Phase Transition and Multiphase Flows in Low Permeability Geological Porous Media
A/Prof. Xiao-Long Yin
Petroleum Engineering, Colorado School of Mines

In shale gas and shale oil resources, hydrocarbons are generally stored in pores that are nanometers to tens of nanometers in size. In these pores, capillary pressure affects the phase behavior of hydrocarbon mixtures and the mobility of gas and oil phases. In this talk, I will present modeling of vapor-liquid equilibrium and simulation of multiphase flows under strong capillary pressures. Vapor-liquid equilibrium calculations are important for predicting the fractions and properties of gas and oil phases during primary production of oil. In a porous medium with pore size distributions, our calculations show that the capillary force increases with increasing gas saturation, and it is likely that the smallest pores are always filled with oil during production. These calculations are useful for determining the properties of fluids and their distributions within a porous medium. In our group, we use both experiments and simulations to study multiphase flows. Using a color-gradient based lattice Boltzmann method, we simulated the displacement of a wetting fluid by a non-wetting fluid, driven by a constant pressure differential. As the pressures of phases can be directly obtained from the simulations, we were able to track the evolution of the pressure distributions inside the porous media. When the capillary number is low, significant differences between the pressures and the pressure gradients of the two phases are observed. This work shows that, when the capillary pressure is strong, the common assumption adopted in the experiments that the two phases have equal pressure gradients should be revisited. The limitations of the lattice Boltzmann simulations observed will also be discussed.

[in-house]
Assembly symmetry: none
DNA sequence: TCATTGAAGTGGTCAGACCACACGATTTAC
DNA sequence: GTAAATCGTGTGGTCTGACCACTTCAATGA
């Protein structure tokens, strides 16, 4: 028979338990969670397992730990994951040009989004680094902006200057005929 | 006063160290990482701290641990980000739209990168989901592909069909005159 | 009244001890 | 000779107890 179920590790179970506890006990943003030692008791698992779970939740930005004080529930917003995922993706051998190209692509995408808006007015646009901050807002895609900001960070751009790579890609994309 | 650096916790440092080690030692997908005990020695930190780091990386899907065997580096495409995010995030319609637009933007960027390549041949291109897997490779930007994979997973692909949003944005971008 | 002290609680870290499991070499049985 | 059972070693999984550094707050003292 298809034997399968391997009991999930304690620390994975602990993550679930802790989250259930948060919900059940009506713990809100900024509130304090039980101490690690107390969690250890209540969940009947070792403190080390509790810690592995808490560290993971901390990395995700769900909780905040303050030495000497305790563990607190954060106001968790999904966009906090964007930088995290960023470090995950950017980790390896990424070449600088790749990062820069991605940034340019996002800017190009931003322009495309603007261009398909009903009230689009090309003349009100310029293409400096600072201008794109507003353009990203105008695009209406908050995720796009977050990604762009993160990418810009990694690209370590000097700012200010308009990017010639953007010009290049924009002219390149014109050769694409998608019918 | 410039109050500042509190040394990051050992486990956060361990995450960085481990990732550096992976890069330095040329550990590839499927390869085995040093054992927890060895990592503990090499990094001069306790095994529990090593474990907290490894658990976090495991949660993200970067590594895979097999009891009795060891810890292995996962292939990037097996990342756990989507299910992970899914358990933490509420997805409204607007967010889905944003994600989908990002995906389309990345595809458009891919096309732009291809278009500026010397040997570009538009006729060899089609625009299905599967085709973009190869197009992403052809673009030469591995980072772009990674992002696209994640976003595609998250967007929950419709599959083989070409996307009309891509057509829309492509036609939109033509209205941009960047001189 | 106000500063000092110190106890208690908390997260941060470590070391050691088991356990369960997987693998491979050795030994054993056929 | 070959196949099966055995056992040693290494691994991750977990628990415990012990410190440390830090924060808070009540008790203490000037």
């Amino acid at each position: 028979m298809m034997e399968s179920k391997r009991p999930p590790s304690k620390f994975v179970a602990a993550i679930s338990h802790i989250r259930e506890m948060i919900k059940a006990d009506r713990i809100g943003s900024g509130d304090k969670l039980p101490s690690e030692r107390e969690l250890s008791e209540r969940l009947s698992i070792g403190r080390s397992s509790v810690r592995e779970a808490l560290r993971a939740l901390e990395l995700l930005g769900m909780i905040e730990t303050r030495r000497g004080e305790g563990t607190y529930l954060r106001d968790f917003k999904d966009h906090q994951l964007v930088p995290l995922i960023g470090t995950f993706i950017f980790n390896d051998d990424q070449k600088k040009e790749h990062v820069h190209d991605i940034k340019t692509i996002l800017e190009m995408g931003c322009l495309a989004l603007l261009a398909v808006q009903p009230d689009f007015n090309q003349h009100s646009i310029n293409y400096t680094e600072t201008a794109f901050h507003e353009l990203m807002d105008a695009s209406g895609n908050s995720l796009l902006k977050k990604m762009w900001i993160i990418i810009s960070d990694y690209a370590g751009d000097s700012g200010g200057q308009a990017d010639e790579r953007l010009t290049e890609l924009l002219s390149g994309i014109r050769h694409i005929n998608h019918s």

About the Speaker

Xiaolong Yin received BS in Mechanics from Peking University, MS in Mechanical Engineering from Lehigh University, and PhD in Chemical Engineering from Cornell University. He conducted postdoctoral research in Chemical Engineering at Princeton University before joining the faculty of Petroleum Engineering Department at Colorado School of Mines. He is now an associate professor, a faculty member of the Energy Modeling Group and the Marathon Center of Excellence of Reservoir Studies, and the co-director of the Unconventional Reservoir Engineering Project consortium. He is an associate editor of the SPE Journal and the Journal of Natural Gas Science and Engineering.

2015-12-18 3:30 PM
Room: A203 Meeting Room
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